Saturday, 29 September 2012
The Angels Take Manhattan. Review. Warning - Spoilers!
If there's one thing we've ever learned from Doctor Who over the years, it's that there must come a time when every assistant must depart.
Sometimes they get to blow up in spaceships.
Sometimes they decide to marry someone they've only just met.
And, for a very unlucky few, sometimes they simply vanish from the show with no acknowledgement they were ever in it.
Such an indignity was never likely to befall Amy and Rory Williams. Not when there was the chance of a good old-fashioned sob-fest to be had.
The Doctor and his two cohorts are in modern day New York when Rory finds himself transported back to the 1930s, to which it turns out he's been sent by the stone angels so they can keep sending him back in time in order to feed on the temporal energy thus created.
But he's not the only one there, as River Song's turned up in the guise of a female sleuth.
Now it seems Rory's doomed to spend the rest of his life trapped in a small room, cut off from those he loves, until the day he dies.
Rory and Amy think they've managed to free him from such a fate - their twin suicides creating a time paradox that'll poison the angels - but they fail and we end with Amy and Rory sent back in time, never to be seen by us, or the Doctor, again.
It'd be nice to say it's a heart-rending send-off but the truth is we've seen Rory and Amy either die or disappear so many times it's a relief to finally see the back of them (assuming they really are gone for good this time).
That's no slight on either Arthur Darvill or Karen Gillan who over the last couple of years have done their best with what they've been given but the truth is their constant comings, goings and complications have seriously undermined their chances of ever feeling like they really belong in the show.
There's also the problem of the manner of their departure. Somehow, just vanishing to spend the rest of their lives in another era robs us of a fulfilling sense of closure.
Compare their exit with Rose Tyler's first departure. Hers was more moving because we saw the aftermath of her banishment to another world, her face pressed against a wall, trying to sense the Doctor through it, the Doctor burning up a sun to pay her one last visit.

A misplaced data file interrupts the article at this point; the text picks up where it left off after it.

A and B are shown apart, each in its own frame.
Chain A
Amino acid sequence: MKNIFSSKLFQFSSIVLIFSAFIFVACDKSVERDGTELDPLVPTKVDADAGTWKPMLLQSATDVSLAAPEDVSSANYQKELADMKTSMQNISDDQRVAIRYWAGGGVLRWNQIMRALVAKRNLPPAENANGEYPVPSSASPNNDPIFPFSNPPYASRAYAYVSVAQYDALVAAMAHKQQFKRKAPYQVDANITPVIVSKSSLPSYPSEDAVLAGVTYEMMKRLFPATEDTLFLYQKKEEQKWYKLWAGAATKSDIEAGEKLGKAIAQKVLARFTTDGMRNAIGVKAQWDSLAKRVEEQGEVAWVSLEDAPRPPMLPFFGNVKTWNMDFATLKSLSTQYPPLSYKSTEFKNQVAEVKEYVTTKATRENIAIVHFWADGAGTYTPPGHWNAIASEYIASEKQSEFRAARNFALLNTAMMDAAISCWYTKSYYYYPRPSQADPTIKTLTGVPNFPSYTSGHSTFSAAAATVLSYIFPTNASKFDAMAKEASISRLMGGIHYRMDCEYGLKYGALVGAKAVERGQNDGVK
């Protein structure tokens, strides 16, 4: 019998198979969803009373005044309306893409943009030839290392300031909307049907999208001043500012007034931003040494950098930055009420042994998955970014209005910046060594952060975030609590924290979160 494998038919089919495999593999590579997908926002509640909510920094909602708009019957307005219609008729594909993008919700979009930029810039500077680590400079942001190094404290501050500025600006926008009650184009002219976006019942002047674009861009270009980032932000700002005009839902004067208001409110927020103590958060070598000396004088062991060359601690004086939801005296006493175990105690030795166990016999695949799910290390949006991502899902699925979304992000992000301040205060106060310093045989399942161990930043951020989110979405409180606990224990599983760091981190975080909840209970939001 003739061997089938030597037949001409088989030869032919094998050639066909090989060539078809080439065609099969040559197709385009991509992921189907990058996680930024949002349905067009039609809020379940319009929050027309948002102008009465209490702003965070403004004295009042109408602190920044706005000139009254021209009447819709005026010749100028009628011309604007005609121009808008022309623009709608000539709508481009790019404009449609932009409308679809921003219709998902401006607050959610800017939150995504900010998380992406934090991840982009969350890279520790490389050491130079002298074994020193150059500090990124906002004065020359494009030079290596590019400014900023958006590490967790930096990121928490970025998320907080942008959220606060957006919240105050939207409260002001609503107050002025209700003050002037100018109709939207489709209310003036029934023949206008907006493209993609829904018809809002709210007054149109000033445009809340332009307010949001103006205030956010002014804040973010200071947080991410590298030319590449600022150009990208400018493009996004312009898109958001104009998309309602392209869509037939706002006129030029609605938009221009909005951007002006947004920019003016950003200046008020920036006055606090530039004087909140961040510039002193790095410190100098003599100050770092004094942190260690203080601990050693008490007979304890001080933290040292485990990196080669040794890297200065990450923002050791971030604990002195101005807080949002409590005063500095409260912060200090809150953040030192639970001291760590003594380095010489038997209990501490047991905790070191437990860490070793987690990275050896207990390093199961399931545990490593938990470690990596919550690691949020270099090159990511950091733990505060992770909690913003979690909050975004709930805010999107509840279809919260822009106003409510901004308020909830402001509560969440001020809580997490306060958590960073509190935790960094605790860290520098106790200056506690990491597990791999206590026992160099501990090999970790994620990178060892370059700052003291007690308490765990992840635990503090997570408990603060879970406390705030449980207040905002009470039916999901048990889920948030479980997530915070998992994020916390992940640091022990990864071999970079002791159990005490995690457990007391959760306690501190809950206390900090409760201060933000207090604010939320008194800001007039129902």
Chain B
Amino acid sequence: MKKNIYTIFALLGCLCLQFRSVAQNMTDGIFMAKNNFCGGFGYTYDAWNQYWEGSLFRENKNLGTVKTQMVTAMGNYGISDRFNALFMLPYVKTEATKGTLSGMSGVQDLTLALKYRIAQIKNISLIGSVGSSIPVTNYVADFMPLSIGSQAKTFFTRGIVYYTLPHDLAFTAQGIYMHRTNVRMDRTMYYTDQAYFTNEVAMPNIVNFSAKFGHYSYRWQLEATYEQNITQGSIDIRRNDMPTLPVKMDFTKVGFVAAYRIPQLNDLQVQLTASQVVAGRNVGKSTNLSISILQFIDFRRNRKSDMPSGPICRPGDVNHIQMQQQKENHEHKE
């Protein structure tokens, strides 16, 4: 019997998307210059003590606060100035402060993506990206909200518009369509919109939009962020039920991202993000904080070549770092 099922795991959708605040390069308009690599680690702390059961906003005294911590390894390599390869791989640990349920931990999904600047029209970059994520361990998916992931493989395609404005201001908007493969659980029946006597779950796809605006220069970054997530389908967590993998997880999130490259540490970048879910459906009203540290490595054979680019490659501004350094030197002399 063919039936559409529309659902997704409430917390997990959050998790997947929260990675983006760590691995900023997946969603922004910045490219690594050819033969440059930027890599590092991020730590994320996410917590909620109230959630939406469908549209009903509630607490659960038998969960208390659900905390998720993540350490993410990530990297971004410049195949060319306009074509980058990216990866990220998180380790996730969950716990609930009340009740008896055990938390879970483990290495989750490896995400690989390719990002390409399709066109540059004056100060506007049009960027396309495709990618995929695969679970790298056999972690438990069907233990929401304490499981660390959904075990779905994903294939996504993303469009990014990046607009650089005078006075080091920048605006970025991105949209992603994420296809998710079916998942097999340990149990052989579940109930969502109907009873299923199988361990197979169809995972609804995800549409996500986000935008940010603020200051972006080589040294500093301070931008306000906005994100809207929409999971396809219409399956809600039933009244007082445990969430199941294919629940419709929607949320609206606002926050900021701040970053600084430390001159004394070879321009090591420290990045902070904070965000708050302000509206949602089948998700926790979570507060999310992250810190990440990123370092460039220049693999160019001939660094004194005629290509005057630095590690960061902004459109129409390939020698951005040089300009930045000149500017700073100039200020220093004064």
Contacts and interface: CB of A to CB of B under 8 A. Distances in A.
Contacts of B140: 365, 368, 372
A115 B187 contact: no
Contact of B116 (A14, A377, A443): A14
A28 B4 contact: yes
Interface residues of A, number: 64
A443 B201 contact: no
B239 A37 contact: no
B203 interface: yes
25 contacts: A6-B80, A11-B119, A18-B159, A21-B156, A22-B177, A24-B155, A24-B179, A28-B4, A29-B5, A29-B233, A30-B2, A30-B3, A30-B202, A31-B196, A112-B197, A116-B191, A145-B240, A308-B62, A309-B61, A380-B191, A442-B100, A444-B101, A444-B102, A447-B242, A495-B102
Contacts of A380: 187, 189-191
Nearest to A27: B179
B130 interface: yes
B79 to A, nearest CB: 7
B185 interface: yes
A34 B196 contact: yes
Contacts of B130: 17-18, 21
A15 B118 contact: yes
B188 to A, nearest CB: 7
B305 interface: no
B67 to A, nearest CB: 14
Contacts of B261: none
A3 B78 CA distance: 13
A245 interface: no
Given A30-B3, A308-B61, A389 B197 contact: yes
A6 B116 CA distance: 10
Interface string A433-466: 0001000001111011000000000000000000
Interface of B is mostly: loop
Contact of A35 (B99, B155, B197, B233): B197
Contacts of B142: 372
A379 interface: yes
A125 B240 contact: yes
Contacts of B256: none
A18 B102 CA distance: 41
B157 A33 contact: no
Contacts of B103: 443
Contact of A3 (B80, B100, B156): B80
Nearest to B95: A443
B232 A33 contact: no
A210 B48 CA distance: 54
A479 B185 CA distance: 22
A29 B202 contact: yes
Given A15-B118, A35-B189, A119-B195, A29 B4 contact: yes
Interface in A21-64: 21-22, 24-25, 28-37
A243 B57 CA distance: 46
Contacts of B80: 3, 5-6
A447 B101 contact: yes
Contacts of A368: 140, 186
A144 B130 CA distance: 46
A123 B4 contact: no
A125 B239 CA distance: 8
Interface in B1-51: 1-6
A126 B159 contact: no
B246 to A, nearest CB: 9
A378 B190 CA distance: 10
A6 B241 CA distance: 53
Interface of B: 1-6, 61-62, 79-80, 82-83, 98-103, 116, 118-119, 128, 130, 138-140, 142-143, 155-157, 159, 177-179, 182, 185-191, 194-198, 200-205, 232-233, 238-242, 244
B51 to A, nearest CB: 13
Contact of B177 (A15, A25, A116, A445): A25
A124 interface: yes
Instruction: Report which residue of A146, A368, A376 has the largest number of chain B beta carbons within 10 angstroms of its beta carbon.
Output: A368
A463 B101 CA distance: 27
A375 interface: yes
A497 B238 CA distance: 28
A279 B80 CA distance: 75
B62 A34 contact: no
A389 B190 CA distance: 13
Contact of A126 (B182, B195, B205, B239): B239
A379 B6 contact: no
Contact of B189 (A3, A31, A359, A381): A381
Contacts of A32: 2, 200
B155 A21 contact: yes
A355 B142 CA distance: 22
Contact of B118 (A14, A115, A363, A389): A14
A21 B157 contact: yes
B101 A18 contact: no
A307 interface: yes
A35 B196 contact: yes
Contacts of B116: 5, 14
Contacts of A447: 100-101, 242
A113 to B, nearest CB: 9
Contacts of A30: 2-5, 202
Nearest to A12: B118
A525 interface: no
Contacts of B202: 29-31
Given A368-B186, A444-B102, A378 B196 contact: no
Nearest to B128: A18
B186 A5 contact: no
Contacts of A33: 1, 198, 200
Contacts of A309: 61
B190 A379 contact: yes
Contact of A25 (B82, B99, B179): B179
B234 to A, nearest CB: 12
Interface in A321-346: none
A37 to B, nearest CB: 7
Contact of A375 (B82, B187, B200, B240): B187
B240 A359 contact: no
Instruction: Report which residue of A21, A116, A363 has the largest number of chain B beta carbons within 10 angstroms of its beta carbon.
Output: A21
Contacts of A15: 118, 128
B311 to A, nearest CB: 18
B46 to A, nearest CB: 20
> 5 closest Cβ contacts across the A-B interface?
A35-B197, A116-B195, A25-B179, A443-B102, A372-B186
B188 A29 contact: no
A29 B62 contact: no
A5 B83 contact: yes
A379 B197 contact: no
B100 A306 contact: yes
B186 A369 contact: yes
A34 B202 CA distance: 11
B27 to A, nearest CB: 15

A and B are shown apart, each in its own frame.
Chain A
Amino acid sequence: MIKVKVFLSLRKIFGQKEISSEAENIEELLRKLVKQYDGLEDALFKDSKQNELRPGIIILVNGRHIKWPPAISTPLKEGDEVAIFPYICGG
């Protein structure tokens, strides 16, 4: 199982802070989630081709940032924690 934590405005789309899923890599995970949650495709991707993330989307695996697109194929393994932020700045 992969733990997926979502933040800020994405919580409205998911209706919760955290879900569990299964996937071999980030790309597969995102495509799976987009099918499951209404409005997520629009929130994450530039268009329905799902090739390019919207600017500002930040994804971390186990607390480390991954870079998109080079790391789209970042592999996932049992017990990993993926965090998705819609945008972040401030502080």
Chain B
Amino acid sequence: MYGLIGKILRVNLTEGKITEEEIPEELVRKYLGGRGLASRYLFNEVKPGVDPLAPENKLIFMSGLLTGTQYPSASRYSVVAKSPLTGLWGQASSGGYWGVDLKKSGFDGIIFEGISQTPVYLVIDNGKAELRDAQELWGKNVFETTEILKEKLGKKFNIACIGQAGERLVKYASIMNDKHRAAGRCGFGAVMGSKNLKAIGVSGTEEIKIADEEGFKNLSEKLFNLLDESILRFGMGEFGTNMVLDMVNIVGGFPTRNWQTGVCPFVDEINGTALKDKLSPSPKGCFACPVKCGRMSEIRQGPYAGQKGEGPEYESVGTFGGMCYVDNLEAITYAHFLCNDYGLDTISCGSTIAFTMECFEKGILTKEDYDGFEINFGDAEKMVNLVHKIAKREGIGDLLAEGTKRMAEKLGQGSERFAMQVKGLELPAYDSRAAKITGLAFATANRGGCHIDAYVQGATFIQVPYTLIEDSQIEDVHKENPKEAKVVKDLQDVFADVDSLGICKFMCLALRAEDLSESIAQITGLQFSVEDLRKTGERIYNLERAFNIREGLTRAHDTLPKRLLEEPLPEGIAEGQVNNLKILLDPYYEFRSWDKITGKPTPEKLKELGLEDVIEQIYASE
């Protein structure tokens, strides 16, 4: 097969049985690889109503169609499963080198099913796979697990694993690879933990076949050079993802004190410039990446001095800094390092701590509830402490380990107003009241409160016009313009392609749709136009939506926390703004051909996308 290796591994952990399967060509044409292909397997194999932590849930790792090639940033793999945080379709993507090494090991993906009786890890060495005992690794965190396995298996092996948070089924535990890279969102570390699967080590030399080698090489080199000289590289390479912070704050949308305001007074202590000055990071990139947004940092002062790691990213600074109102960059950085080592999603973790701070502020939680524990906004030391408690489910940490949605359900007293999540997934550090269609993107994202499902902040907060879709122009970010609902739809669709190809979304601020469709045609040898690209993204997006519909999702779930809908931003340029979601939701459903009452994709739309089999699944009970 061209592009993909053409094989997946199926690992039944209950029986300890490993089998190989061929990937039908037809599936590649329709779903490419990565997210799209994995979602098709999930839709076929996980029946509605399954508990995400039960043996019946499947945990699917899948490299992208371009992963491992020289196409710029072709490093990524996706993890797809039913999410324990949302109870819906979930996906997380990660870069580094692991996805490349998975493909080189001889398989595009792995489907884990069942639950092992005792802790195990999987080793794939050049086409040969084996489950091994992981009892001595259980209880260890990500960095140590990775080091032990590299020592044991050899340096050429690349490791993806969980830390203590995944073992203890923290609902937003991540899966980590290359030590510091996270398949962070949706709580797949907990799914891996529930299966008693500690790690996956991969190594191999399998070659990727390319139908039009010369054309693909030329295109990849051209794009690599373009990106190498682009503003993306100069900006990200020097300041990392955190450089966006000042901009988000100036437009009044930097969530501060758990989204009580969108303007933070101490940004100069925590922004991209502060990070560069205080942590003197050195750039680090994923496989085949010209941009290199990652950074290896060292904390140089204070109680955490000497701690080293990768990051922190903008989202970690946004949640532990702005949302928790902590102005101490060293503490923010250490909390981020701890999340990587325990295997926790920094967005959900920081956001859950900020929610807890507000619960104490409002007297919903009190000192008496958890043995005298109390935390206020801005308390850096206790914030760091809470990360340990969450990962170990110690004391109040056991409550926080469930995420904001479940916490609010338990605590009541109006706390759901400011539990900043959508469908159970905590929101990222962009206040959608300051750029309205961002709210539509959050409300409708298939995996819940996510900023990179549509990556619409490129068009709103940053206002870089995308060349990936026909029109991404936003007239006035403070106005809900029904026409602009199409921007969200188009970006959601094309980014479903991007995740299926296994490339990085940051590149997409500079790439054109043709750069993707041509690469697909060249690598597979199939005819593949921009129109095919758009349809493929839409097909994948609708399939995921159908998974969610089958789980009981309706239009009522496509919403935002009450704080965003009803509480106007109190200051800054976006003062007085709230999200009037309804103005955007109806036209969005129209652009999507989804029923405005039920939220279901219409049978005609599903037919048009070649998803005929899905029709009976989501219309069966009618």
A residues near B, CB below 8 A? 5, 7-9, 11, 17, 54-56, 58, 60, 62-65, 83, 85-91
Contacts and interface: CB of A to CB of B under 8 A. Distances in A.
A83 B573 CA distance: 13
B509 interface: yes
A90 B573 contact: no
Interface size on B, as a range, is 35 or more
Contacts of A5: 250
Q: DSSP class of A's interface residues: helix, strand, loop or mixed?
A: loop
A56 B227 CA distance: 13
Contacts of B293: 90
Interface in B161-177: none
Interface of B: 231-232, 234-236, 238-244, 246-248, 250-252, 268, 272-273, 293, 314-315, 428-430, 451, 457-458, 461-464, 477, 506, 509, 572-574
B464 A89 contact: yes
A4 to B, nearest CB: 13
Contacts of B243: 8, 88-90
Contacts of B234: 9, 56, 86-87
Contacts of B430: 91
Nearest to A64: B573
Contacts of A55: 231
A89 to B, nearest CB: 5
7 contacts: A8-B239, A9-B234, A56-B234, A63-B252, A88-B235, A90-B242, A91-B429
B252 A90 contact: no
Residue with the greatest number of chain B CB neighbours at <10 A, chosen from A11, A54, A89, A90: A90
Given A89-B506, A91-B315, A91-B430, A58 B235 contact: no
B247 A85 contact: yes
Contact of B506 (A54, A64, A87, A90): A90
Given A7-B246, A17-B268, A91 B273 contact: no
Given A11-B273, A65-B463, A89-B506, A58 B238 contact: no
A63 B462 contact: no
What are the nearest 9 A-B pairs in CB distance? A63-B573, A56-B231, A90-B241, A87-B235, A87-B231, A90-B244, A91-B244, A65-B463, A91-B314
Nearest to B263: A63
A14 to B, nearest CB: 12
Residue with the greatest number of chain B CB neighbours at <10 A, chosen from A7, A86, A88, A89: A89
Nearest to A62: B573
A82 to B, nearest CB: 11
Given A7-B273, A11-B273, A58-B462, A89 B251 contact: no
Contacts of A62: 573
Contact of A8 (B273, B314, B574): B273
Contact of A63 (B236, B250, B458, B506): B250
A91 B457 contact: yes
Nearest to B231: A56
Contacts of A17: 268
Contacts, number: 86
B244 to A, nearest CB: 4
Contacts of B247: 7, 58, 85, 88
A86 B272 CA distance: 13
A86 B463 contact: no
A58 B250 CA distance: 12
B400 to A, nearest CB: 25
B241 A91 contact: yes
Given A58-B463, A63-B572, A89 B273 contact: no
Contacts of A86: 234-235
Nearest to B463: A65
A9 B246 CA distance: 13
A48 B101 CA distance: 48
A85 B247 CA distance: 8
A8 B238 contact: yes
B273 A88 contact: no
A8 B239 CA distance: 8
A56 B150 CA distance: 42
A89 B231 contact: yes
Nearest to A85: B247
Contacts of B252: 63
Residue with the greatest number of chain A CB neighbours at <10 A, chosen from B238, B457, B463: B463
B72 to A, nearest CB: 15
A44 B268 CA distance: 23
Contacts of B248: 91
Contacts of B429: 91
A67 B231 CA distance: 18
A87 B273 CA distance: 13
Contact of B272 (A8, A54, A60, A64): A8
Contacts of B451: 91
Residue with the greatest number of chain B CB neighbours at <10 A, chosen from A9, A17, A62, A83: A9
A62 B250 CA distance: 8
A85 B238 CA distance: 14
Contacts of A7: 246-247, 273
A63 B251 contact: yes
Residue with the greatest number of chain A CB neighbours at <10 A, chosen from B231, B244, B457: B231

There was none of that human drama here, just two characters vanishing, never to be seen again, as everyone blubbed. This is the difference between Russell T Davies and Steven Moffat - Davies knowing how to wring emotion from a scenario, and Moffat lacking that same instinct.
But it's not just the fate of the Williamses that's strangely unmoving about The Angels Take Manhattan because the whole episode's more distracting than involving. A small cast - the two new characters left fatally undeveloped - and overly-familiar menace make it hard to maintain interest.
On top of that is a strange lack of style to it all. River Song becoming a cleavage-flaunting sleuth would normally inject some oomph into proceedings but, in light of the show's need to set a more serious tone than normal, it doesn't.
There was also the matter of the Statue of Liberty.
Having it revealed to be a giant stone angel's a fun idea but then nothing's done with it. Having shown up, the thing just stands around motionless even when no one - including us - is looking at it. It's also hard to believe a thing that size could stomp around New York without anyone ever noticing.
Still, whatever the episode's failings, it does mean at last we're free from the entanglements of the Williamses and, with the Christmas special set to introduce us to the new (lone) companion, hopefully the show can get back to a more straightforward structure that'll allow it to tell stories in a less cluttered manner than it's been able to in recent seasons.
I do wonder though why the tale was set in New York.
Surely it would have made more sense to use Los Angeles - the City of Angels?